The globe’s #1 doom/drone metal act Sunn O))) have spent over 20 years dwelling in a dark realm of their own design, each release a document of core members’ Stephen O’Malley and Greg Anderson’s single-minded expedition in search of the perfect low (and heavy). Vastly outnumbered by mini-albums, self-released live bootlegs, demos, and collaborations, their LPs tend to be one of two things; mere artefacts for the archive, or an essential snapshot of the journey thus far. So, with a companion album due out later in 2019, does their ninth studio album Life Metal mark a kind of branching path?
Answer: not exactly. ‘Between Sleipnir’s Breaths’ opens with the gallop and bray of a horse, rendered menacing with big room reverb. Then, thar she blows! A bone-shattering, ground-opening invocation, a guitar riff like our planet’s orbit hooked up to an amplifier, as heart-stopping on headphones now as it’s been on every Sunn O))) record. It’s so vast as to swallow Hildur Guðnadóttir’s mousey vocal in its great maw. We’re mere minutes into Life Metal and we can already check off two boxes on our Sunn O))) scorecards: 1) the beefiest, slowest licks, and 2) allusions to atavistic histories (in Norse mythology, Sleipnir is Odin’s steed, and a symbol associated with pagan practices, so check an additional box for references to occult knowledge).
Solid droners ‘Troubled Air’ and ‘Aurora’ stay the course, leaving some experimentation to be desired, especially given their typically gargantuan, 10-plus minute lengths. But it’s hard to feel too dismayed by Life Metal when it sounds like Sunn O))) locking into their most formalistic work outside of ‘peripheral’ releases, unleashing immense power with remarkably streamlined resources (where the personnel of 2009’s Monoliths & Dimensions reached over 30, Life Metal is a quick headcount at only five). The album sparks with in-the-room intensity — which is surely credited in part to the bro-ducer’s producer Steve Albini — encircled in positive energy, rather than the usual despairing black hole. 25-minute closer ‘Novae’ is uplifting for its first half, its earthbound chords drawing themselves gradually towards the sky before blinking out like a dud firework, lamented by Guðnadóttir’s earthquaking cello drone.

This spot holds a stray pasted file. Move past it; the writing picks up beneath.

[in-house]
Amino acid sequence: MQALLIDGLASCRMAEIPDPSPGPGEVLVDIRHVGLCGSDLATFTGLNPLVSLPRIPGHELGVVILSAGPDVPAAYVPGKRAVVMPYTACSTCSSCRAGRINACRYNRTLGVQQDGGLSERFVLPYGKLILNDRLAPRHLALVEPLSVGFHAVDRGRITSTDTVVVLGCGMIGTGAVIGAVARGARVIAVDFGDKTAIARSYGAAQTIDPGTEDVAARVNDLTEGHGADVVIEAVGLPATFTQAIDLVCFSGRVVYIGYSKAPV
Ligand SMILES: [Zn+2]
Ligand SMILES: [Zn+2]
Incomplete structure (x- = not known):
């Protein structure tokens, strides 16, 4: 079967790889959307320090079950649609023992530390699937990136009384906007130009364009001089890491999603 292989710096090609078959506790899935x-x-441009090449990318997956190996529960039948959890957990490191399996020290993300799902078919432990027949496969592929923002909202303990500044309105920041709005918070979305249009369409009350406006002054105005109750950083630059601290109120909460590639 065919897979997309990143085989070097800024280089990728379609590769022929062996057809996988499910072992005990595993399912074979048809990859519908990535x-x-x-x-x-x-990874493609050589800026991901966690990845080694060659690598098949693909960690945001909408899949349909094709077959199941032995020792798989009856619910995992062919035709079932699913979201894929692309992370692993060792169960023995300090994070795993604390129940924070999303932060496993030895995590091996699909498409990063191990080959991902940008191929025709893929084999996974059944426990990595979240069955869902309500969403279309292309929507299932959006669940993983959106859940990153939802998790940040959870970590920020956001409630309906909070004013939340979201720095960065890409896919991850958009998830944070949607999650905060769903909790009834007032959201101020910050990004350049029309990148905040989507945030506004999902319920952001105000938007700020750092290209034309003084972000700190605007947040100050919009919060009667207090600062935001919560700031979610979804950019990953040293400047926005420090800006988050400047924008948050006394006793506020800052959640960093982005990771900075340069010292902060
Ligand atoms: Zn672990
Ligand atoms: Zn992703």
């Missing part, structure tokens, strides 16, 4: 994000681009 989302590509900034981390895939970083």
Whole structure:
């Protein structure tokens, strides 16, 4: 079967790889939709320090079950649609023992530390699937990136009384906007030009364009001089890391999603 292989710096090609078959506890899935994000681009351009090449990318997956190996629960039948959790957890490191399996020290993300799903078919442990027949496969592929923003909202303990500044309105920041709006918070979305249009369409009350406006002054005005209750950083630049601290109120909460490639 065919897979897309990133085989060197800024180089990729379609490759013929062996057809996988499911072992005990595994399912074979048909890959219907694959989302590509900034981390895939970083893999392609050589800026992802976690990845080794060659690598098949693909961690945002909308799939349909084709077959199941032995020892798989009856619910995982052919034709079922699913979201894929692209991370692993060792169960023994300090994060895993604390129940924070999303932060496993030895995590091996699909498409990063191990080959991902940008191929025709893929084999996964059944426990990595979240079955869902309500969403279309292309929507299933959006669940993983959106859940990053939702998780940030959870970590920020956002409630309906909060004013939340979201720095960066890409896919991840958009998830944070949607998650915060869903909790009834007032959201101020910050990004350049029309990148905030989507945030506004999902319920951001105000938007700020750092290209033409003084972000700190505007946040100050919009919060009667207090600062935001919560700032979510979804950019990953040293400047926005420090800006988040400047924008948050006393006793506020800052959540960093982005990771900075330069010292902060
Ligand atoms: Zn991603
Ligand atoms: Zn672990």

Just as the goofy title suggests, Life Metal invokes a refreshing return to origin: the back-to-basics approach of a grizzled group in their parents’ garage, where they once rehearsed as spotty teens. All told, it sounds like they’ve found a new lease on life.
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